● March 19, 1970 “The day they should have died” :
While searching an enemy bunker complex, they quickly realized they were not alone. The abandoned cooking fires with food still in the pots was their clue. Their team of 21 men were quickly surrounded by what was thought to have been a North Vietnamese Army (NVA) battalion (300,800 troops). With enemy soldiers coming at them from the jungle all around them, as well as popping up from bunkers only a few feet away from them, the fighting lasted for hours with additional ammunition and support being dropped in by aircraft. In the end, not one of them was killed that day though plenty of Purple Hearts and commendations for valor were awarded.
● March 25, 1970 “The day Kregg was shot on the Nightly News” :
Six days after “the day they should have died”, the troop was sent back to the same area to scout for enemy movement. This time they had some extra personnel, a CBS News crew. Sgt. Kregg Jorgenson was walking point when he was ambushed by an NVA soldier and shot through both legs. Laying on the trail and assumed dead, it was the heroism of his teammates that allowed him to live through that day. Vietnamese scout, Nguyen Hue rushed into the line of fire and laid down cover while Kregg crawled to safety. A repayment for Kregg having saved his life six days earlier. Doc Del Valle then rushed forward and bandaged Kregg up while his teammates and the NVA traded gunfire over their heads. That was Kregg’s third purple heart and second in six days. He refused a restful assignment for the remainder of his tour and demanded to return to Apache Troop once discharged from the hospital.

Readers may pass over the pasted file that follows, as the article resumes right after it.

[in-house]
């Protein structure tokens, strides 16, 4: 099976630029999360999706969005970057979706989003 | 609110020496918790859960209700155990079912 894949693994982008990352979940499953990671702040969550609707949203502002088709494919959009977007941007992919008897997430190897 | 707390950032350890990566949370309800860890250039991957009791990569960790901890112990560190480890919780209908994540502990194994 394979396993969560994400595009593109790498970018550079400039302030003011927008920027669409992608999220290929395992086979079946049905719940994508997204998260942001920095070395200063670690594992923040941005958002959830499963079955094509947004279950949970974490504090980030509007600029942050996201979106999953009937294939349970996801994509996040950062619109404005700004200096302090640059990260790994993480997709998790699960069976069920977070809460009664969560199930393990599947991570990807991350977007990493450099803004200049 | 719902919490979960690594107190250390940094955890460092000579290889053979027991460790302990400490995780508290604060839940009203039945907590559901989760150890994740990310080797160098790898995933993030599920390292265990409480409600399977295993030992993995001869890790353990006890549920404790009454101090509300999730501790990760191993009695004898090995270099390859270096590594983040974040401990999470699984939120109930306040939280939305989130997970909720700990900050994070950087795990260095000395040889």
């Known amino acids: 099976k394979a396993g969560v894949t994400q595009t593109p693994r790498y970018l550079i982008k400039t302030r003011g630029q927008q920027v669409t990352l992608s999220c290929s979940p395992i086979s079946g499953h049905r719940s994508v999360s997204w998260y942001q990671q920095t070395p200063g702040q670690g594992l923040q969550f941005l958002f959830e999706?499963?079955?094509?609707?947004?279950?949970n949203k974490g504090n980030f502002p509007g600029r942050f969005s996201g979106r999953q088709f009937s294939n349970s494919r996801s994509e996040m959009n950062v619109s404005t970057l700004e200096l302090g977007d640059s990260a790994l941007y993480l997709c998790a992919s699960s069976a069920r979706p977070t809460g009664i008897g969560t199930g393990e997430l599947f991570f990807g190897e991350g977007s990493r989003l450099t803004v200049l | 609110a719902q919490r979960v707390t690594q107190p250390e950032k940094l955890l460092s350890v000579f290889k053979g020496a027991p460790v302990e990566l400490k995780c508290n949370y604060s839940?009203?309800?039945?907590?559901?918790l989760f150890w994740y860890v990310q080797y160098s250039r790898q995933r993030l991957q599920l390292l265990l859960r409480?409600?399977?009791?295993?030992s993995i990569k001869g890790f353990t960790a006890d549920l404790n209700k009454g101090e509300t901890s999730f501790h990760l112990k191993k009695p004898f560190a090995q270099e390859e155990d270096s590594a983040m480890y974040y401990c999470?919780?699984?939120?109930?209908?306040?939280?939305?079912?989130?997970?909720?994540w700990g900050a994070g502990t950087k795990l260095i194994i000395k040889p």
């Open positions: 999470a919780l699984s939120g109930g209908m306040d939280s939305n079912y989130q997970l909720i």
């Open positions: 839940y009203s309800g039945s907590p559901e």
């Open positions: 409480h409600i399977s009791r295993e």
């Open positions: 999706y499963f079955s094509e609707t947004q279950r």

● June 17, 1970 “A harrowing flight to save an ambushed Ranger Team” :
On the night of June 17, a five man Ranger team was out on a reconnaissance patrol. In the dense mountain jungles, they had no idea they were about to walk into a well planned enemy ambush. Two Rangers were killed right away, two more severely wounded and the radio was destroyed. It was up to the one healthy Ranger to run through the jungle all the way back to the operating base in order to bring help. It was the men of Apache Troop who answered the call, boarding their helicopters in the type of heavy fog most sane men don’t fly in. They landed to overwhelming enemy opposition but did not shy away from the heavy firefight. Apache Troop was able to save the survivors but not without their own peril. Tony Cortez earned his Silver Star that day, when not once, but twice he gave up his weapon to break from cover and run into intense enemy machine gun fire to drag wounded soldiers back to safety.